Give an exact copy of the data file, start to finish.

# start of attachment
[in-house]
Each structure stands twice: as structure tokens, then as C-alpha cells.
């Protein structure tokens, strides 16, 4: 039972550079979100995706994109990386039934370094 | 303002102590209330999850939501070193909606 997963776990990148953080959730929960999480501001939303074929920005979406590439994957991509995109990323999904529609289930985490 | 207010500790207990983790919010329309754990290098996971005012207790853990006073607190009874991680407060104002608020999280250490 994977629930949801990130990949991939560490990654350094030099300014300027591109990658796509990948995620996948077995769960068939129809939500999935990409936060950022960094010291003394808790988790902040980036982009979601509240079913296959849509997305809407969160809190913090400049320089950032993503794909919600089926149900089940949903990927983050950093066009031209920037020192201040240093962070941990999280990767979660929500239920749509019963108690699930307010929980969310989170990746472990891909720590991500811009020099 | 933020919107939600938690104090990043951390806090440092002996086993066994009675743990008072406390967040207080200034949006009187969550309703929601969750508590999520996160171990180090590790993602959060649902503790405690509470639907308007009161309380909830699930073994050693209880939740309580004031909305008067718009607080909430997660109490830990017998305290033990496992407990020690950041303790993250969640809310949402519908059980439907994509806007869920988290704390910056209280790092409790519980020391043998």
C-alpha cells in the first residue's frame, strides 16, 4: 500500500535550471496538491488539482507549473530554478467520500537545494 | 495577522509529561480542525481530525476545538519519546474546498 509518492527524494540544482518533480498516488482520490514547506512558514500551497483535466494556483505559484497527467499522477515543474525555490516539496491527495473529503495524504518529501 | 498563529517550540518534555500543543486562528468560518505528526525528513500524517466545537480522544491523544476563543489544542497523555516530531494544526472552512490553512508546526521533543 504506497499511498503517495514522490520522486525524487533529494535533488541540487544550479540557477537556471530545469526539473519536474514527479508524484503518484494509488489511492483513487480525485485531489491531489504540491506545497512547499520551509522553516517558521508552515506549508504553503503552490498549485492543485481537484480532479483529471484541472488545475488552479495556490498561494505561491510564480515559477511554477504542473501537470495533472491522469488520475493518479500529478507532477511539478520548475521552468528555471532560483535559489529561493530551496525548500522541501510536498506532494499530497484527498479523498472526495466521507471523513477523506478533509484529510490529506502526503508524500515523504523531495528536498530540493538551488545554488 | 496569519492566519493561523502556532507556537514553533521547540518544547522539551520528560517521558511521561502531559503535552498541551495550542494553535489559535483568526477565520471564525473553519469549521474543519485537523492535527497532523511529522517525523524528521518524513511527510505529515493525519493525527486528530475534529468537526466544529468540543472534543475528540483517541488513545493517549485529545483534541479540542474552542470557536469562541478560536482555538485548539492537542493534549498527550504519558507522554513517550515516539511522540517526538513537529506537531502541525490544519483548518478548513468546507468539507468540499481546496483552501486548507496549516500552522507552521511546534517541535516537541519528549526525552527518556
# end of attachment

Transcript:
[in-house]
Each structure stands twice: as structure tokens, then as C-alpha cells.
């Protein structure tokens, strides 16, 4: 039972550079979100995706994109990386039934370094 | 303002102590209330999850939501070193909606 997963776990990148953080959730929960999480501001939303074929920005979406590439994957991509995109990323999904529609289930985490 | 207010500790207990983790919010329309754990290098996971005012207790853990006073607190009874991680407060104002608020999280250490 994977629930949801990130990949991939560490990654350094030099300014300027591109990658796509990948995620996948077995769960068939129809939500999935990409936060950022960094010291003394808790988790902040980036982009979601509240079913296959849509997305809407969160809190913090400049320089950032993503794909919600089926149900089940949903990927983050950093066009031209920037020192201040240093962070941990999280990767979660929500239920749509019963108690699930307010929980969310989170990746472990891909720590991500811009020099 | 933020919107939600938690104090990043951390806090440092002996086993066994009675743990008072406390967040207080200034949006009187969550309703929601969750508590999520996160171990180090590790993602959060649902503790405690509470639907308007009161309380909830699930073994050693209880939740309580004031909305008067718009607080909430997660109490830990017998305290033990496992407990020690950041303790993250969640809310949402519908059980439907994509806007869920988290704390910056209280790092409790519980020391043998």
C-alpha cells in the first residue's frame, strides 16, 4: 500500500535550471496538491488539482507549473530554478467520500537545494 | 495577522509529561480542525481530525476545538519519546474546498 509518492527524494540544482518533480498516488482520490514547506512558514500551497483535466494556483505559484497527467499522477515543474525555490516539496491527495473529503495524504518529501 | 498563529517550540518534555500543543486562528468560518505528526525528513500524517466545537480522544491523544476563543489544542497523555516530531494544526472552512490553512508546526521533543 504506497499511498503517495514522490520522486525524487533529494535533488541540487544550479540557477537556471530545469526539473519536474514527479508524484503518484494509488489511492483513487480525485485531489491531489504540491506545497512547499520551509522553516517558521508552515506549508504553503503552490498549485492543485481537484480532479483529471484541472488545475488552479495556490498561494505561491510564480515559477511554477504542473501537470495533472491522469488520475493518479500529478507532477511539478520548475521552468528555471532560483535559489529561493530551496525548500522541501510536498506532494499530497484527498479523498472526495466521507471523513477523506478533509484529510490529506502526503508524500515523504523531495528536498530540493538551488545554488 | 496569519492566519493561523502556532507556537514553533521547540518544547522539551520528560517521558511521561502531559503535552498541551495550542494553535489559535483568526477565520471564525473553519469549521474543519485537523492535527497532523511529522517525523524528521518524513511527510505529515493525519493525527486528530475534529468537526466544529468540543472534543475528540483517541488513545493517549485529545483534541479540542474552542470557536469562541478560536482555538485548539492537542493534549498527550504519558507522554513517550515516539511522540517526538513537529506537531502541525490544519483548518478548513468546507468539507468540499481546496483552501486548507496549516500552522507552521511546534517541535516537541519528549526525552527518556